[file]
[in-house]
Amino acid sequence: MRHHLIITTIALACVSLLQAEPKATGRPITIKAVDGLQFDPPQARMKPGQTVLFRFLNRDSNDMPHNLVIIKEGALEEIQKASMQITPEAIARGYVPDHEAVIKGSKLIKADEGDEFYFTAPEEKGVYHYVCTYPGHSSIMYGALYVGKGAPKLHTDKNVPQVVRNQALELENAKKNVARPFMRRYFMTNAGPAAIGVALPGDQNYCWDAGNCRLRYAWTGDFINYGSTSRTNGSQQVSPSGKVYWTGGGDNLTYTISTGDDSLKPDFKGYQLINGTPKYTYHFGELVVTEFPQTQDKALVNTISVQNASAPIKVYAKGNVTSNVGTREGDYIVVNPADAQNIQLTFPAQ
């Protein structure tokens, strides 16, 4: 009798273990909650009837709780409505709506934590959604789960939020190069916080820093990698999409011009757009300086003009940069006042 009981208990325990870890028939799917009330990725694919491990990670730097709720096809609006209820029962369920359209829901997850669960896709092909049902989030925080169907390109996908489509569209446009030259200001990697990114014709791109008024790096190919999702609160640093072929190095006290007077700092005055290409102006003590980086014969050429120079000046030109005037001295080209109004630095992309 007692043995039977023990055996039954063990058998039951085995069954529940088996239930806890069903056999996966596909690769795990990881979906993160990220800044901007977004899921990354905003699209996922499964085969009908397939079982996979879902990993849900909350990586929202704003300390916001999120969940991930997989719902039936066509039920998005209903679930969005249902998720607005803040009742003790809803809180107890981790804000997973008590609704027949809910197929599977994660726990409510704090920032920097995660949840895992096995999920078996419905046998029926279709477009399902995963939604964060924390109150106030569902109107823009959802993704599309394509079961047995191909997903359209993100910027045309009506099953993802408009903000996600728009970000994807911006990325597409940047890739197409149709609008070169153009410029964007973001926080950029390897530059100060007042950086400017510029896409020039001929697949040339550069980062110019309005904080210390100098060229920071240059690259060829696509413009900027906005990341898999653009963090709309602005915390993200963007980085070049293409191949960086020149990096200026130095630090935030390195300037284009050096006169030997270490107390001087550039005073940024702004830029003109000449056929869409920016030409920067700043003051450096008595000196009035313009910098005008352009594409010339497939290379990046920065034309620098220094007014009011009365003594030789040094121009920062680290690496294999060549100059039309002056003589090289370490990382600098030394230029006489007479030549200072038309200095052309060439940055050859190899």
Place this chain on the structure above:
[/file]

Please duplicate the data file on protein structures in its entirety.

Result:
[in-house]
Amino acid sequence: MRHHLIITTIALACVSLLQAEPKATGRPITIKAVDGLQFDPPQARMKPGQTVLFRFLNRDSNDMPHNLVIIKEGALEEIQKASMQITPEAIARGYVPDHEAVIKGSKLIKADEGDEFYFTAPEEKGVYHYVCTYPGHSSIMYGALYVGKGAPKLHTDKNVPQVVRNQALELENAKKNVARPFMRRYFMTNAGPAAIGVALPGDQNYCWDAGNCRLRYAWTGDFINYGSTSRTNGSQQVSPSGKVYWTGGGDNLTYTISTGDDSLKPDFKGYQLINGTPKYTYHFGELVVTEFPQTQDKALVNTISVQNASAPIKVYAKGNVTSNVGTREGDYIVVNPADAQNIQLTFPAQ
């Protein structure tokens, strides 16, 4: 009798273990909650009837709780409505709506934590959604789960939020190069916080820093990698999409011009757009300086003009940069006042 009981208990325990870890028939799917009330990725694919491990990670730097709720096809609006209820029962369920359209829901997850669960896709092909049902989030925080169907390109996908489509569209446009030259200001990697990114014709791109008024790096190919999702609160640093072929190095006290007077700092005055290409102006003590980086014969050429120079000046030109005037001295080209109004630095992309 007692043995039977023990055996039954063990058998039951085995069954529940088996239930806890069903056999996966596909690769795990990881979906993160990220800044901007977004899921990354905003699209996922499964085969009908397939079982996979879902990993849900909350990586929202704003300390916001999120969940991930997989719902039936066509039920998005209903679930969005249902998720607005803040009742003790809803809180107890981790804000997973008590609704027949809910197929599977994660726990409510704090920032920097995660949840895992096995999920078996419905046998029926279709477009399902995963939604964060924390109150106030569902109107823009959802993704599309394509079961047995191909997903359209993100910027045309009506099953993802408009903000996600728009970000994807911006990325597409940047890739197409149709609008070169153009410029964007973001926080950029390897530059100060007042950086400017510029896409020039001929697949040339550069980062110019309005904080210390100098060229920071240059690259060829696509413009900027906005990341898999653009963090709309602005915390993200963007980085070049293409191949960086020149990096200026130095630090935030390195300037284009050096006169030997270490107390001087550039005073940024702004830029003109000449056929869409920016030409920067700043003051450096008595000196009035313009910098005008352009594409010339497939290379990046920065034309620098220094007014009011009365003594030789040094121009920062680290690496294999060549100059039309002056003589090289370490990382600098030394230029006489007479030549200072038309200095052309060439940055050859190899």
Place this chain on the structure above: